In the mid-1960s, physicians and educators recognized there was a shortage and uneven distribution of primary care physicians. To expand the delivery of quality medical care, Dr. Eugene Stead of the Duke University Medical Center in North Carolina put together the first class of PAs in 1965. He selected Navy corpsmen who received considerable medical training during their military service and during the war in Vietnam but who had no comparable civilian employment. He based the curriculum of the PA program in part on his knowledge of the fast-track training of doctors during World War II.

    How is a Physician Assistant educated?

    Physician assistants are educated in intensive medical programs accredited by the Accreditation Review Commission on Education for the Physician Assistant (ARC-PA). The average PA program curriculum runs approximately 26 months. There are currently more than 130 accredited programs. All PA programs must meet the same ARC-PA standards.

    Education consists of classroom and laboratory instruction in the basic medical and behavioral sciences (such as anatomy, pharmacology, pathophysiology, clinical medicine, and physical diagnosis), followed by clinical rotations in internal medicine, family medicine, surgery, pediatrics, obstetrics and gynecology, emergency medicine, and geriatric medicine.

    After graduation, PAs are required to take ongoing continuing medical education classes and be retested on their clinical skills on a regular basis. A number of postgraduate PA programs have also been established to provide practicing PAs with advanced education in medical specialties.

    What are the prerequisites for applying to a PA program?

    PA programs look for students who have a desire to study, work hard, and to be of service to their community. Most physician assistant programs require applicants to have previous health care experience and some college education. The typical applicant already has a bachelor's degree and approximately 4 years of health care experience. Commonly, nurses, EMTs, and paramedics apply to PA programs.

    What areas of medicine can Physician Assistants work in?

    Physician assistants (PAs) are found in all areas of medicine. They practice in the areas of primary care medicine - that is family medicine, internal medicine, pediatrics, and obstetrics and gynecology - as well in surgery and the surgical subspecialties. Physician assistants receive a broad-based education in medicine.

    Where do PAs "draw the line" as far as what they can treat and what a physician can treat?

    What a physician assistant does varies with training, experience, and state law. In addition, the scope of the PA's practice corresponds to the supervising physician's practice. In general, a physician assistant will see many of the same types of patients as the physician. The cases handled by physicians are generally the more complicated medical cases or those cases which require care that is not a routine part of the PA's scope of work. Referral to the physician, or close consultation between the patient-PA-physician, is done for unusual or hard to manage cases. Physician assistants are taught to "know their limits" and refer to physicians appropriately.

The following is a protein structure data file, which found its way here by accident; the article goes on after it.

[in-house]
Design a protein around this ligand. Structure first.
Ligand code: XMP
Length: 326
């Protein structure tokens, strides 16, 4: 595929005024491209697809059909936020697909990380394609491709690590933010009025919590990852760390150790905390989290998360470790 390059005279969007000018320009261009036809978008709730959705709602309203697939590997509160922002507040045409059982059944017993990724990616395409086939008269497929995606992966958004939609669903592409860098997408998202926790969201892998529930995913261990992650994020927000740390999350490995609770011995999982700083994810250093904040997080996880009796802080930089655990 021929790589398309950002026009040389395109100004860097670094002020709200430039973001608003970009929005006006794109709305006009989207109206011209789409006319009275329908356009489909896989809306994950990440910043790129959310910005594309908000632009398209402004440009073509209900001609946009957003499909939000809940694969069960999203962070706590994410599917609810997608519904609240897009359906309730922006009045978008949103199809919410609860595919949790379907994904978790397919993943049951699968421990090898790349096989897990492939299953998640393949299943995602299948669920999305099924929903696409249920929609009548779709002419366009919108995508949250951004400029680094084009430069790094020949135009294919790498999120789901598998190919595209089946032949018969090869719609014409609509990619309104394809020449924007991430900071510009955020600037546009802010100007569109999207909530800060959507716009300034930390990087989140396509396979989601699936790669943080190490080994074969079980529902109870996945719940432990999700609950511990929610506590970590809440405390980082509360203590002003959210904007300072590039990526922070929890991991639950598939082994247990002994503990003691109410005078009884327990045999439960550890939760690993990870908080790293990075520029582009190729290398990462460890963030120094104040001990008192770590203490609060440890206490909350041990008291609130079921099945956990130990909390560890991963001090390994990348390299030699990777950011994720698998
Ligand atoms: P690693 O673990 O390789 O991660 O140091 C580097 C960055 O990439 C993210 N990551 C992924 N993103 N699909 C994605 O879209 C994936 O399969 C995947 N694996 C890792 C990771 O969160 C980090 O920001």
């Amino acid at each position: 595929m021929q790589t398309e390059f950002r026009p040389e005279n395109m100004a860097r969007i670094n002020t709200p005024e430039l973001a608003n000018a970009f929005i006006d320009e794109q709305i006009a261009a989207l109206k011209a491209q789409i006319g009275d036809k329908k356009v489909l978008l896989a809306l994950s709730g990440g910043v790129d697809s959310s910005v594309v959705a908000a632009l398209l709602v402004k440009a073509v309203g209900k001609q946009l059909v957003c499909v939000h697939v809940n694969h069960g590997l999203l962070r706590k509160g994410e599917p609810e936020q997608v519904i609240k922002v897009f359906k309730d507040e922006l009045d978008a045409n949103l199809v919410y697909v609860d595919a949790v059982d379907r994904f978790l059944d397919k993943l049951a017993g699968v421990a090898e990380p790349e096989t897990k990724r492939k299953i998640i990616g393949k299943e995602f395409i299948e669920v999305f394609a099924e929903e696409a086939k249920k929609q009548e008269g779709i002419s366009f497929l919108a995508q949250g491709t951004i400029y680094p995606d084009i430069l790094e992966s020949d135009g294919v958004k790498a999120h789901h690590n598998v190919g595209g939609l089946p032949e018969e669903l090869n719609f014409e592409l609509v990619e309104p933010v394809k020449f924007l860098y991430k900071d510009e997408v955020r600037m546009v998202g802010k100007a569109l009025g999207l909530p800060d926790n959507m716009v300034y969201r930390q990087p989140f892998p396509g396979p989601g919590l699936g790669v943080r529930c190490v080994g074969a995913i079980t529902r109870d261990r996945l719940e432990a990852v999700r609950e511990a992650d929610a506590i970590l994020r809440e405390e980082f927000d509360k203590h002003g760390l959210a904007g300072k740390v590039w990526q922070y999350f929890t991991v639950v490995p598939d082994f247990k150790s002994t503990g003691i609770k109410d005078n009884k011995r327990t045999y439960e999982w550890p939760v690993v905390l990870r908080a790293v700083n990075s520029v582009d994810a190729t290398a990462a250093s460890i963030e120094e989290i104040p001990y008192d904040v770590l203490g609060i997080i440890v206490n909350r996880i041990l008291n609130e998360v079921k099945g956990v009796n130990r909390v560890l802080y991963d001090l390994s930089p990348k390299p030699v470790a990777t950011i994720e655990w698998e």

Can PAs prescribe medications?

    All fifty states, the District of Columbia, and Guam have enacted laws that authorize PA prescribing. In California, PA prescriptions are referred to as written prescription transmittal orders.

    What is the working relationship between a physician and a physician assistant?

    The relationship between a PA and the supervising physician is one of mutual trust and respect. The physician assistant is a representative of the physician, treating the patient in the style and manner developed and directed by the supervising physician. The physician and PA practice as members of a medical team.

    What's the difference between a PA and a physician?

    One of the main differences between PA education and physician education is not the core content of the curriculum, but the amount of time spent in formal education. In addition to time in school, physicians are required to do an internship, and the majority also complete a residency in a specialty following that. PAs do not have to undertake an internship or residency.

    A physician has complete responsibility for the care of the patient. PAs share that responsibility with the supervising physicians.

    Where can I go to learn more about NPs and PAs?

    SDN is geared primarily towards doctorate-level medical fields (MD, DO). However, there are other Internet discussion forums dedicated to NPs and PAs.

    Allnurses.com is pretty much the go-to forum for nursing.

    The PA Forum focuses solely on PAs.

    Sources:
    http://en.wikipedia.org/wiki/Registered_Nurse
    http://www.aanp.org
    http://www.aapa.org